India: The Land of E-commerce Opportunity
“Why on earth would I buy something off the internet?”. If there was a question that summarised E-bay’s foray into the Indian retail market in 2004, this would be it.
For the outside world, India’s market was a cookie they couldn’t crumble. Brick-and-mortar shops ruled the fragmented market, boasting of patronage spanning over generations of families. The reason was simple: the Indian customer needs to hold the product in his hand before he loosens his purse strings. Even if you could convince the customer to change that mentality (That was a big ‘If’), there was another problem in the form a measly 2% internet penetration.
So when E-bay entered the $500 billion retail market, claiming India was the ‘next big thing’ in e-commerce, there was a lot of laughter. 13 years and nearly $40 billion dollars later, India had the last laugh. After seeing the success of E-bay, and local players like Flipkart and Snapdeal, a lot of global players have come to terms with India’s ‘Golden Hen’ status. Here’s what makes India a unique e-commerce proposition:
Market Size and Potential
Calling India’s retail market ‘big’ would be downplaying its size. ‘Humongous’ fits it better. Come 2020, the retail market evaluation will be a cool $ 1 trillion, with e-commerce expected to contribute 70% of it. The major chunk comes from Tier 1 cities, but Tier 2 and Tier 3 cities are not behind, as e-commerce offers them access to brands like never. With per capita income estimated to double by 2025, India’s customers will have more cash to burn.
From 2% in 2014, to 35% in 2016; India’s penetration in its 1.3 billion population has come a long way in a short span. Mobile subscriptions have jumped up to 976 million, with India adding 3 internet users per second. The mobile-friendly status comes really handy, as 60-65% e-commerce sales are generated through mobile phones.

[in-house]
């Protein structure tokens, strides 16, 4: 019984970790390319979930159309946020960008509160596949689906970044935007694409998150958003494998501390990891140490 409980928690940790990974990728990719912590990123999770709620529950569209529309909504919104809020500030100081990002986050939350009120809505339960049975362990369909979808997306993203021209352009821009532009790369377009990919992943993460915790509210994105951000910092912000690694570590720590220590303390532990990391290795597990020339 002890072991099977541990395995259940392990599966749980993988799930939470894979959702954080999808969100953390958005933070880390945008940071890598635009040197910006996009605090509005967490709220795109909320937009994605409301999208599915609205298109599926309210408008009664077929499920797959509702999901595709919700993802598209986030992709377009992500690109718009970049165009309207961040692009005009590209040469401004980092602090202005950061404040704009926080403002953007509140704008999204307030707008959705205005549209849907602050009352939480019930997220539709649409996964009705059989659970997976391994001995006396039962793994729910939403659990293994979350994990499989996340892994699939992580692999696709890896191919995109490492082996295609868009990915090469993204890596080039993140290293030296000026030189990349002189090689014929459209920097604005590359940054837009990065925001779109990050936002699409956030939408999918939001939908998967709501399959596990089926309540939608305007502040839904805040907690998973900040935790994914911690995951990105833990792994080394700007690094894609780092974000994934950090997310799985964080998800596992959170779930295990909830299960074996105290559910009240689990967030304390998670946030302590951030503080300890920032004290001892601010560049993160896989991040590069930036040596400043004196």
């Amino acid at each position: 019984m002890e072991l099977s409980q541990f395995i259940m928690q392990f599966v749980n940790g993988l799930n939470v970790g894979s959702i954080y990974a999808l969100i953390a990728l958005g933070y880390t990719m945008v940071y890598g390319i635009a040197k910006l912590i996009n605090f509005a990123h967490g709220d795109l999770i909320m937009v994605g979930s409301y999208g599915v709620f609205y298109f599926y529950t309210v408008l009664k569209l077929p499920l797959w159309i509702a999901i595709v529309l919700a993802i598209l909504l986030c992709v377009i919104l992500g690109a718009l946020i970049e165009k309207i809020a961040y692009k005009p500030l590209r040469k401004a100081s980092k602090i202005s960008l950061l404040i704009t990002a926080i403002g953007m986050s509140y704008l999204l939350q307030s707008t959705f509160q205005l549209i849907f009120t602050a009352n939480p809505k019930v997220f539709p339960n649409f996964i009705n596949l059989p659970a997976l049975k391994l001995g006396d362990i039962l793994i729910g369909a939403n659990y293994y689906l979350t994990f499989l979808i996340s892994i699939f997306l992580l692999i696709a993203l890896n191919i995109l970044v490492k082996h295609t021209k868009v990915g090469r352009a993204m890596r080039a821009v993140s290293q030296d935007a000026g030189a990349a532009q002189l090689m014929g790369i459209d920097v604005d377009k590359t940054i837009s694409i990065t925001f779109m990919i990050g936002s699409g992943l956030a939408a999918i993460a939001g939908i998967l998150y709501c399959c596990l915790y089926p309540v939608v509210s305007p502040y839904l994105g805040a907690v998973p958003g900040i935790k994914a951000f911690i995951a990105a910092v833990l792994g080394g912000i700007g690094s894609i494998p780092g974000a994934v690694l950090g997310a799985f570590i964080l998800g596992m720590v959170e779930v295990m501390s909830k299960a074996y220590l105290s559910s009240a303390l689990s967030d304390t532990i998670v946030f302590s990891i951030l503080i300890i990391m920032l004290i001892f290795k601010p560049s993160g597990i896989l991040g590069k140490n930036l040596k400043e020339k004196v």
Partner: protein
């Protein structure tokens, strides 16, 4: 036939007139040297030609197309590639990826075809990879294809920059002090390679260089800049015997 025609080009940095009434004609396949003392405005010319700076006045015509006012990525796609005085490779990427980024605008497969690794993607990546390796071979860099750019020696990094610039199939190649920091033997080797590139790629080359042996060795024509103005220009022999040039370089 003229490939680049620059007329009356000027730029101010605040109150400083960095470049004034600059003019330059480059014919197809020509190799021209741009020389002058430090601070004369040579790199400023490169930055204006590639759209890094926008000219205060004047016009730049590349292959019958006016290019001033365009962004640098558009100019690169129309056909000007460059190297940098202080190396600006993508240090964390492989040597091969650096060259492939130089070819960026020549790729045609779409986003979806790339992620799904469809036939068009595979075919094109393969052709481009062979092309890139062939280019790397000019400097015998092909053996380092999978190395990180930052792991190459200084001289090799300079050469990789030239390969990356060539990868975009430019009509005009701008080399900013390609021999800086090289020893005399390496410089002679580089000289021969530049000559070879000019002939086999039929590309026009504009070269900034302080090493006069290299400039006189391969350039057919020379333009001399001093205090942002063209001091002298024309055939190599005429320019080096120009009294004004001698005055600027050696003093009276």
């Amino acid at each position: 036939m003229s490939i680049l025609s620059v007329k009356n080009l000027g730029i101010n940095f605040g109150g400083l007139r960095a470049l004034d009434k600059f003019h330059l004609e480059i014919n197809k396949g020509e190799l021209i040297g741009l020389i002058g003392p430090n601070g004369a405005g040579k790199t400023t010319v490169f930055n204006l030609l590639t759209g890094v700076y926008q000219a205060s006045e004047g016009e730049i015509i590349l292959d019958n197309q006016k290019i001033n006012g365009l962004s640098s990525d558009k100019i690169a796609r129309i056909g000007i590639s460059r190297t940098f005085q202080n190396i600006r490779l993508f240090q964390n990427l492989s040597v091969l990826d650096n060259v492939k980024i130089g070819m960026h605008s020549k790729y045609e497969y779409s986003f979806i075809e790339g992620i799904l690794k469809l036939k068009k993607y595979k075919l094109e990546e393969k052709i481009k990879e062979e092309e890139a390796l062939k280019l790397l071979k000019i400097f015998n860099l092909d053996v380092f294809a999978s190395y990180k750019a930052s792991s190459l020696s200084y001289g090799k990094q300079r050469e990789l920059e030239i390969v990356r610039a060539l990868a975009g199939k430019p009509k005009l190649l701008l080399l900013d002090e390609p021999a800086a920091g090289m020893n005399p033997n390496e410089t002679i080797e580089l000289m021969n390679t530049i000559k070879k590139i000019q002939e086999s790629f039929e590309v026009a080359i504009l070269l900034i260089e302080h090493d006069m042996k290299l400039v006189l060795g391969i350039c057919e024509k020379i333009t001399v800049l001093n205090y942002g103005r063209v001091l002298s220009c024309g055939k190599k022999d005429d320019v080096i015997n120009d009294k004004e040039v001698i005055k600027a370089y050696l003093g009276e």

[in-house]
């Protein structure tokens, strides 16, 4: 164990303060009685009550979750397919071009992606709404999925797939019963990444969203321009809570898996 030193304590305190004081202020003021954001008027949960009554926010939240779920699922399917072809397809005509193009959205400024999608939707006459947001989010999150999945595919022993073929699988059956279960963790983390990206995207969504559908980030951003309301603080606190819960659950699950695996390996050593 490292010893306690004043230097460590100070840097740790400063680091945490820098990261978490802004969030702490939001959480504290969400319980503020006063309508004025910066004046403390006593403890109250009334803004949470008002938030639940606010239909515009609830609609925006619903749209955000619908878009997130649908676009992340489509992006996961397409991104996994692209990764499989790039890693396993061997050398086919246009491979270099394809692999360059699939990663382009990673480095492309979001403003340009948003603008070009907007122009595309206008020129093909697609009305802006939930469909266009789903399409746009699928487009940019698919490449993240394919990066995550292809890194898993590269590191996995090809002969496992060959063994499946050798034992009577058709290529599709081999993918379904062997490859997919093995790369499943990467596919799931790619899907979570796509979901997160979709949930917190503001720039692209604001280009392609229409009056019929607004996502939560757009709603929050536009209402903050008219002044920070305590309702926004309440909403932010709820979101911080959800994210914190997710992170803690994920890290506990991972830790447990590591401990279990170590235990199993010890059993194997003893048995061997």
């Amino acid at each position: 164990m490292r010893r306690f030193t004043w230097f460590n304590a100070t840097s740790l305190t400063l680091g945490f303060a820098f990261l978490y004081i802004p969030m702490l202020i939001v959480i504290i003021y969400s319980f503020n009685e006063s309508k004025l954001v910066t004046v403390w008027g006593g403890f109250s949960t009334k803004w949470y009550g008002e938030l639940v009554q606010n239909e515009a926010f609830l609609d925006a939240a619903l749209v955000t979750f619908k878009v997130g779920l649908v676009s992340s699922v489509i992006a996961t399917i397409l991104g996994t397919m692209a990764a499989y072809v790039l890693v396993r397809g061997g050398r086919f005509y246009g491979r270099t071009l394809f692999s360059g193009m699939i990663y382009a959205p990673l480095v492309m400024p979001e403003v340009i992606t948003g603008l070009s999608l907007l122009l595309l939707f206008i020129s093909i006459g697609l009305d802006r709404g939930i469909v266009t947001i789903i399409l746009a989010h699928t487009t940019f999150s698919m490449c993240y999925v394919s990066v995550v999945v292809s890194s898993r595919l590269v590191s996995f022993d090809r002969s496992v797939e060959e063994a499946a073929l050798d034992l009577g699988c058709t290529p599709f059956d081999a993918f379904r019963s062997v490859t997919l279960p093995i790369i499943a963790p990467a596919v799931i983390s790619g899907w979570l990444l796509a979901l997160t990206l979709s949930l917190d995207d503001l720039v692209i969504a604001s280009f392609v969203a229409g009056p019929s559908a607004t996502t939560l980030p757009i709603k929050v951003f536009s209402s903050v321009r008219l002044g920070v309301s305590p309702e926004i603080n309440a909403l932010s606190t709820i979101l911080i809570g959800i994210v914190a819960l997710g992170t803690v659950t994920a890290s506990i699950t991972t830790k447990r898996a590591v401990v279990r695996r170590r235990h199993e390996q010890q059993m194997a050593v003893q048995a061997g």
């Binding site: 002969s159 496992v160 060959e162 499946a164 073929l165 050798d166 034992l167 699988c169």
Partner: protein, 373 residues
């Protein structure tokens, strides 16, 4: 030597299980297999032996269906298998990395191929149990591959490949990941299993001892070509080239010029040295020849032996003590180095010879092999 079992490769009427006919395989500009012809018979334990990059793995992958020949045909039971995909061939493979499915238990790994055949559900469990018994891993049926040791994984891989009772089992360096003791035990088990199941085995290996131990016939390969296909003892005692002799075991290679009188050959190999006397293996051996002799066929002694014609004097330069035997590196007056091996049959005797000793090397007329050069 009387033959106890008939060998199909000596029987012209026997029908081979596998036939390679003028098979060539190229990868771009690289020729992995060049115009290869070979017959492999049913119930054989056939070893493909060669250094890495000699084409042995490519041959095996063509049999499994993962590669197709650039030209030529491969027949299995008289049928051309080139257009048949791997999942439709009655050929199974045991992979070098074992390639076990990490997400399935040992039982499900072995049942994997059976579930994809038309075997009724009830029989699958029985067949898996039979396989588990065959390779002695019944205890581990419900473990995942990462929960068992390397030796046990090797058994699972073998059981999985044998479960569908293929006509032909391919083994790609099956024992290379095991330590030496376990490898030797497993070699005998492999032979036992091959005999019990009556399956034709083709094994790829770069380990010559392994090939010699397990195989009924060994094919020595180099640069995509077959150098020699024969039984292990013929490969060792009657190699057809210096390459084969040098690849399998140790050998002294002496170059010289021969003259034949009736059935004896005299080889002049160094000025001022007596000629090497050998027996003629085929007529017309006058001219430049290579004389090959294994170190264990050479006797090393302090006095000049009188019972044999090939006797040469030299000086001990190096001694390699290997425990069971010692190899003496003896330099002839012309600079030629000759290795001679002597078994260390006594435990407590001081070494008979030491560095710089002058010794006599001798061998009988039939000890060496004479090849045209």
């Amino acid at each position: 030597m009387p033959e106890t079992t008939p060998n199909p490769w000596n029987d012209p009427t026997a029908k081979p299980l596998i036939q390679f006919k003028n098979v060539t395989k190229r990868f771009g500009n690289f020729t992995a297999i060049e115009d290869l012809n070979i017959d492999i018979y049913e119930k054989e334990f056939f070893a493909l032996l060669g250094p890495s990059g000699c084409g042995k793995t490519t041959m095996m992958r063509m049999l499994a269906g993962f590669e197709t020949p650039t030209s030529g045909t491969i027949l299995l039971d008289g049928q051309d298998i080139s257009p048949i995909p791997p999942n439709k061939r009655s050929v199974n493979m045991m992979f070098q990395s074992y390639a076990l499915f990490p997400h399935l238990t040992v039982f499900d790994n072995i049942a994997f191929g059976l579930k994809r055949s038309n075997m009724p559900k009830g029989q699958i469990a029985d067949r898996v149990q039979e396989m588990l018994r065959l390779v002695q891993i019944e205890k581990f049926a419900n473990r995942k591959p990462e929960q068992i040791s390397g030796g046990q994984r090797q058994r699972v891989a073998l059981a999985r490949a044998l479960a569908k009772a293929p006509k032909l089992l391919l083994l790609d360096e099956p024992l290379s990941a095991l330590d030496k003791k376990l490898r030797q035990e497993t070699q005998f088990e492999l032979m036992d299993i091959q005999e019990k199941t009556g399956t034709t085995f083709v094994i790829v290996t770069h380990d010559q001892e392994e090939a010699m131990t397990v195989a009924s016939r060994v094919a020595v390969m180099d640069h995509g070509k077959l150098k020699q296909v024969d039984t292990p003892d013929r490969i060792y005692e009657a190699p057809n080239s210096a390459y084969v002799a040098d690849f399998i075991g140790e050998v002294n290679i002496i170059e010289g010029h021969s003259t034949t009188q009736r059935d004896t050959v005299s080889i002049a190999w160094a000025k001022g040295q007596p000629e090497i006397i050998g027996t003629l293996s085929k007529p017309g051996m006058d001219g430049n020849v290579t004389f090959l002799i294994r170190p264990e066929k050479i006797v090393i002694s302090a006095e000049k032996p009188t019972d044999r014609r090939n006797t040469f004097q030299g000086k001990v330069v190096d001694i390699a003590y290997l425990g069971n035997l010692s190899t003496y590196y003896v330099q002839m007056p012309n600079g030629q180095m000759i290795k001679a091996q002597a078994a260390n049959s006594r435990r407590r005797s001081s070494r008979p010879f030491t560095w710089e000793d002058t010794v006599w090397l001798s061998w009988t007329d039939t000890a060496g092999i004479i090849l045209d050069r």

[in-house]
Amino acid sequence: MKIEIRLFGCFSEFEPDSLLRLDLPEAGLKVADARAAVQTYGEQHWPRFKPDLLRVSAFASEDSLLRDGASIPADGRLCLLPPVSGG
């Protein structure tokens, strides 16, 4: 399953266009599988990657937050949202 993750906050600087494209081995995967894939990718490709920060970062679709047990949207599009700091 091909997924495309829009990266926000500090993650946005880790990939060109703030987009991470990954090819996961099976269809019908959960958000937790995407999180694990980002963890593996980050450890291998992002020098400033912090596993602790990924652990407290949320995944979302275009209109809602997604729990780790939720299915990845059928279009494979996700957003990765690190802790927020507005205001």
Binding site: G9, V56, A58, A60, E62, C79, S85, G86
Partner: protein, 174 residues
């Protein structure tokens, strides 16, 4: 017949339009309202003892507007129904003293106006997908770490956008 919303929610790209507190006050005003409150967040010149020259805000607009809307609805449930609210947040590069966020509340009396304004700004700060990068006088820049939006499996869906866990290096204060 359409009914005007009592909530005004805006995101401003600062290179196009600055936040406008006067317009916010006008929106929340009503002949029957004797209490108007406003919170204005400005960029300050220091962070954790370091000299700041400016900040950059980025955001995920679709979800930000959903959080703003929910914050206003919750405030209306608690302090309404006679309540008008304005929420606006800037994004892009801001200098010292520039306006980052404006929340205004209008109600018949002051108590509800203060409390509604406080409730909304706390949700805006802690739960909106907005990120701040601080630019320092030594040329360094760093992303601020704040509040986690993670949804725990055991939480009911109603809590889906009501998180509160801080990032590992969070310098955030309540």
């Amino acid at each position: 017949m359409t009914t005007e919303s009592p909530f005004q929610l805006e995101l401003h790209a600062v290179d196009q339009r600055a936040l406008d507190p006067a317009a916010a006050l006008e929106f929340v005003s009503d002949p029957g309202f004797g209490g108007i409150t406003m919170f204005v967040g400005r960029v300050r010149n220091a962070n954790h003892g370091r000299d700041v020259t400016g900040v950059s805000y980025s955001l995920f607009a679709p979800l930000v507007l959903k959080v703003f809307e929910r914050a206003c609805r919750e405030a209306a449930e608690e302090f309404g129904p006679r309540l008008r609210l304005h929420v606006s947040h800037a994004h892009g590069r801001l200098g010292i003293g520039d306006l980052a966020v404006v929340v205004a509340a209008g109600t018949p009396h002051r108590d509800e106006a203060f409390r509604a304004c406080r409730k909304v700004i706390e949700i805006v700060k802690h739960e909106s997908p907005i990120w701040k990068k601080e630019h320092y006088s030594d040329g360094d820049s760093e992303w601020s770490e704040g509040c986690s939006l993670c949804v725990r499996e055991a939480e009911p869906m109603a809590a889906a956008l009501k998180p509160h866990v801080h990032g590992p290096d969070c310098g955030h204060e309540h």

Barriers to Entry
The biggest barrier that global players are apprehensive of is language. With 29 states and hundreds of regional languages, anybody would get intimidated. But what makes India unique is the uniform usage of the English language. Widely used for official purposes, global players can breathe easy, as this means smoother communication with customers, as well as for hiring workers.
Before 2013, Flipkart was the undisputed market-leader in e-commerce, with Snapdeal the only contender to its throne. Enter Amazon, and the market dynamics changed. Flipkart still may be numero uno, but Amazon has shown that global players can play the game too, and maybe win.
India’s policy change in foreign investment allows 100% foreign investment, though in a ‘Marketplace’ model. This renders e-commerce players more as platforms for sales, and less as retailers. This opens up the door for a lot of small players to cash in, both local and global.
Somewhere between “Why on earth should I buy it off the internet” to “I should probably buy it off the internet”, India’s e-commerce scene has come a long way. But the best part is that; the journey has just started. Get on board!